In my ideal world, creative works would be available online easily (but not free, if that's what the author wants), while copyright terms would be limited to 30 years or the lifetime of the author, whichever is shorter, and there would be strong, broad, and well-defined exceptions for fair use of copyrighted work. What do you think?

4 comments:

  1. Interesting post. I was just thinking about this the other week, in light of the recent DOJ suit against Apple and gang for price-fixing.

    I'm a little uncomfortable thinking about IP as "a byproduct of a system to incentivize the creation of something socially desirable". The ancients had nothing like it as far as I'm aware and they gave us many of the greatest works humankind has ever created. Plus, the idea of needing to incentivize the creation of a moving work of art reduces life to a singular aim of maximizing personal profit.

    I wonder if the idea of an creator's exclusive right to his or her work can be salvaged without resorting to market logic; i.e. defaulting to thinking of any creative work as, on some level, an undifferentiated exchangeable commodity. What is the moral force that makes us take the author's right as a given intuitively, if not market logic?

    The fact that this topic gives one pause is evidence enough that there's an unresolved conflict at play. A moving poem is not the same as the latest iPhone. I've been meaning to pick up "What Money Can't Buy: The Moral Limits of Markets" by Michael J. Sandel which seems to deal with this topic.

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  2. Copyright holders have a 'moral' right to profit because Queen Anne defined that morality when she granted the privilege we now call copyright in her Statute of 1709. Well, I wouldn't be so sure.

    No-one has a right to profit, nor even a right to be paid for their work. They only have a right to exchange their work for whatever price a free market will bear, i.e. for whatever one can convince people to provide in exchange.

    It depends if you want to talk about rights or privileges. Copyright is a privilege - the right to copy, annulled in the majority, to be left, by exclusion, in the hands of a few - copyright holders. Morality concerns rights, but not privileges. Privileges are generally immoral - instruments of injustice as Thomas Paine would say.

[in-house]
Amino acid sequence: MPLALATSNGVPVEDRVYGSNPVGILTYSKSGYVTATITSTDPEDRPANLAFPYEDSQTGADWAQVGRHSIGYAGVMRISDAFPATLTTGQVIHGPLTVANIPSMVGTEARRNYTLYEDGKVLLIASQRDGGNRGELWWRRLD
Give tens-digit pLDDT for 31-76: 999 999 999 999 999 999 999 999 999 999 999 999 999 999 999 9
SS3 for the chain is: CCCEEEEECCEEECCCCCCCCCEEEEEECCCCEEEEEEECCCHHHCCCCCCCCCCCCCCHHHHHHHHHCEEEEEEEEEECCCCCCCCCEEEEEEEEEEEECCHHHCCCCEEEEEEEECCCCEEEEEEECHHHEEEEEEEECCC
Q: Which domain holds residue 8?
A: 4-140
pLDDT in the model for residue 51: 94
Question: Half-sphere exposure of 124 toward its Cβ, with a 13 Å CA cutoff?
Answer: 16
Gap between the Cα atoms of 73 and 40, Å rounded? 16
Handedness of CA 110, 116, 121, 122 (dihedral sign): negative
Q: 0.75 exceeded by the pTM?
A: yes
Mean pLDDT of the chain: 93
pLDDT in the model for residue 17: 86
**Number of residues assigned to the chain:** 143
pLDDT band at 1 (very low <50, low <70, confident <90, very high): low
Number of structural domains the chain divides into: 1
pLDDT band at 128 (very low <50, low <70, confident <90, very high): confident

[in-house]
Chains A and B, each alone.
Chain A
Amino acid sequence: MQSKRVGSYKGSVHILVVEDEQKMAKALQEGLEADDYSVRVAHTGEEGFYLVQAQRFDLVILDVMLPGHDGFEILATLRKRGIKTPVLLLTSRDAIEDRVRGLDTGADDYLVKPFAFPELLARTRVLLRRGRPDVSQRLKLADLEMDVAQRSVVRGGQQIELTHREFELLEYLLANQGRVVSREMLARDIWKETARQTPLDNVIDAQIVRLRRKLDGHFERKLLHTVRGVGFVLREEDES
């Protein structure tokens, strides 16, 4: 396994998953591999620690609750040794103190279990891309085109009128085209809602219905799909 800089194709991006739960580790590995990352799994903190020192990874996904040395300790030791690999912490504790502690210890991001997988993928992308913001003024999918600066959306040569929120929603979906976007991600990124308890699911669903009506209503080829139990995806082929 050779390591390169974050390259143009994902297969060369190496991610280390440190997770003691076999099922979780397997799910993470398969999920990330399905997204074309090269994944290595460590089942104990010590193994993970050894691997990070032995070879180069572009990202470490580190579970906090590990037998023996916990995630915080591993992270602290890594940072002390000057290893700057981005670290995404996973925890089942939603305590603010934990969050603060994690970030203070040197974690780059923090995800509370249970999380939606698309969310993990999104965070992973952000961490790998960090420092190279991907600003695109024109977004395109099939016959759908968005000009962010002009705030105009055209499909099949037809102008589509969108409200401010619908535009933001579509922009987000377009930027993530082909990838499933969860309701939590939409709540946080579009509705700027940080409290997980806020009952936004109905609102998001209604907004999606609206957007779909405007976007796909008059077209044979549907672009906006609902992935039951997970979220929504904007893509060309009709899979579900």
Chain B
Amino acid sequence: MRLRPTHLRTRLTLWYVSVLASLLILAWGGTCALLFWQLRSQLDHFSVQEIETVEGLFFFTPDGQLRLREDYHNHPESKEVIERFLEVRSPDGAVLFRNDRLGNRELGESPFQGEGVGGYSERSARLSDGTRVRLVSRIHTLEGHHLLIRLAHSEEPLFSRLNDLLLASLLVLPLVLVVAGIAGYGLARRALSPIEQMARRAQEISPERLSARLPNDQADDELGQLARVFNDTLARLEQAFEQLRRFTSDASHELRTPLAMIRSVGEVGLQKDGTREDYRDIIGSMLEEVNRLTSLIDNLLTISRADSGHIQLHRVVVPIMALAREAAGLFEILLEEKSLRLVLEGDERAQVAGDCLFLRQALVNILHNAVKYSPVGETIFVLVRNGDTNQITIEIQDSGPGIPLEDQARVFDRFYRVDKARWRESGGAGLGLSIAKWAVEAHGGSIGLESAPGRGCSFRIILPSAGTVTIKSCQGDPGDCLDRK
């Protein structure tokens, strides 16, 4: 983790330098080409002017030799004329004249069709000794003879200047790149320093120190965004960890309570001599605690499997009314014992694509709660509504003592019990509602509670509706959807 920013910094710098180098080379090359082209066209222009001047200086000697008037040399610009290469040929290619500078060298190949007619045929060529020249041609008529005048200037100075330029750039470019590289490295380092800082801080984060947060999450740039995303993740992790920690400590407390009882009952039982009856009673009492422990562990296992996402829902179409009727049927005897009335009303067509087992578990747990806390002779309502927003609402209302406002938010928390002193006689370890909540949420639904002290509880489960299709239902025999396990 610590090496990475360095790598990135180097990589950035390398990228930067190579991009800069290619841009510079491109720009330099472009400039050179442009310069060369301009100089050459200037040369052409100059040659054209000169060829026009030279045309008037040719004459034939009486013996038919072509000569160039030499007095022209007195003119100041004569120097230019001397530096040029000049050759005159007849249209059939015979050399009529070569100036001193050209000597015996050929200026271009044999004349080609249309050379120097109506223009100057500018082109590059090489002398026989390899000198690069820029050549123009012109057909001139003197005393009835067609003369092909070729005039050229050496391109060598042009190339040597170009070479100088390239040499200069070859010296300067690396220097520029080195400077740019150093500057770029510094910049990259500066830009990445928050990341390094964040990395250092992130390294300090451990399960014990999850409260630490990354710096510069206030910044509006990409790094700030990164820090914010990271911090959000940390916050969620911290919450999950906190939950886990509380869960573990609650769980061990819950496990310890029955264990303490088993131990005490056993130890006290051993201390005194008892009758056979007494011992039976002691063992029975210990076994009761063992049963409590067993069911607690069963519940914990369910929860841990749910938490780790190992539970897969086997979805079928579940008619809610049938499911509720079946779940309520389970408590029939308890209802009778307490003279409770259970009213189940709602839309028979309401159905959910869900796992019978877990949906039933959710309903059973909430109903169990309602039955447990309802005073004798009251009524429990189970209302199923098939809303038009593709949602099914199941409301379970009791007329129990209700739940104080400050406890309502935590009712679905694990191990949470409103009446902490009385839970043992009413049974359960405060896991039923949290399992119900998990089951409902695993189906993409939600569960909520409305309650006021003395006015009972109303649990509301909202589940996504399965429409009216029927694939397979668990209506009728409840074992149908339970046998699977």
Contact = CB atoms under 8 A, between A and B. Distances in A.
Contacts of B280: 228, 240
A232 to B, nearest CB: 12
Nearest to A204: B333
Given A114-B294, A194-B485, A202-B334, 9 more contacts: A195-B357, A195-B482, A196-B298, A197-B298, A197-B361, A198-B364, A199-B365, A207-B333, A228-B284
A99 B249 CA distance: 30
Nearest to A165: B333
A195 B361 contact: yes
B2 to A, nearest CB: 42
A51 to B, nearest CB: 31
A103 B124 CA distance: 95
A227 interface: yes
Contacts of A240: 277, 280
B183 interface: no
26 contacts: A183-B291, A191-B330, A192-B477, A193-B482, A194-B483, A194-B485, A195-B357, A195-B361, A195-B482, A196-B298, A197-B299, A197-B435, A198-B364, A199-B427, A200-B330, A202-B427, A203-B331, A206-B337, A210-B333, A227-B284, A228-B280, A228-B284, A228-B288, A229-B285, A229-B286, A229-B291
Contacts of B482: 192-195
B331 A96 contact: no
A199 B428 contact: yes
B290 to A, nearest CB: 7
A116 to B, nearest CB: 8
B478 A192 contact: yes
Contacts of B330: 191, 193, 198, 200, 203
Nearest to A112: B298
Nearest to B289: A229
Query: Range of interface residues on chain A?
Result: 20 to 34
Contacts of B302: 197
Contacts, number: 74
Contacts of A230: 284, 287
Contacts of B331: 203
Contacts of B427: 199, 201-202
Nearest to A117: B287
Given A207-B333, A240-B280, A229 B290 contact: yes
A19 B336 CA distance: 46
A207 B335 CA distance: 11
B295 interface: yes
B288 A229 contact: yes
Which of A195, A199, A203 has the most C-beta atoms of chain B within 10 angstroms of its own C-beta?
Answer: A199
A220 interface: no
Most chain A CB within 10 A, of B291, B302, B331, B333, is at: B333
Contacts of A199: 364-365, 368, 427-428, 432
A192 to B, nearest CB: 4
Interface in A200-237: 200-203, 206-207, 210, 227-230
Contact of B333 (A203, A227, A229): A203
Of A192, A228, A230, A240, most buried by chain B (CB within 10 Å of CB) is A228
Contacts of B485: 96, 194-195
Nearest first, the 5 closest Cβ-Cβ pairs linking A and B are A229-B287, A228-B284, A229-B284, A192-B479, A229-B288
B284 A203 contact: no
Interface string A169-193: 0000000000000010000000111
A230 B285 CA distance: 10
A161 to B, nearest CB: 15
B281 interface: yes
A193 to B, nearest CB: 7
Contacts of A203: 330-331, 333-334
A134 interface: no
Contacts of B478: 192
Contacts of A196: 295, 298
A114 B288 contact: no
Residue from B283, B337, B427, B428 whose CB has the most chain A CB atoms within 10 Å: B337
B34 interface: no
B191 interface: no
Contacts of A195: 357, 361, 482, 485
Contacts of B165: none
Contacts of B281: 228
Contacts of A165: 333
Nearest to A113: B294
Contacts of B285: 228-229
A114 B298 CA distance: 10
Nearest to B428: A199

See http://culturalliberty.org/blog/index.php?id=276

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  3. I consider the question not quite valid, as profit is an economic structure and not necessarily a moral one. I think the moral question is on the shoulders of the reader. If the reader receives value from the work, they are morally responsible for rewarding the author. Economically, I believe the author should profit as they have put their time, education and other resources into their work. That said, I do agree with the majority of your last paragraph (the exception being the time limit on copyright - I think it should be the lifetime of the author or 30 years, whichever is longer).

    Also, I don't believe that all art is built on previously existing work. While most does, I do believe there is still original thought in the world (which is a whole new topic and one that I shall not address here). I also think that the art that does build on previously existing work may take a new tact or use the work so originally as to void the previous association. Whether any of this is true or not, I think that the moral responsibility is still upon the viewer of the work to reward the author in some fashion.

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  4. "No-one has a right to profit, nor even a right to be paid for their work. They only have a right to exchange their work for whatever price a free market will bear, i.e. for whatever one can convince people to provide in exchange."

    Yeah, but I meant the question in a looser, kind of intuitive sense. Obviously no one is entitled to be paid for things no one wants to read, but this question is more about if piracy is morally wrong, and/or if we should clamp down on it.

    @LA Bourgeois: I like the point about readers having an obligation to pay, and that's the principle I formulated in my previous post. Maybe we can draw up some kind Bill of Rights and Responsibilities for readers and writers.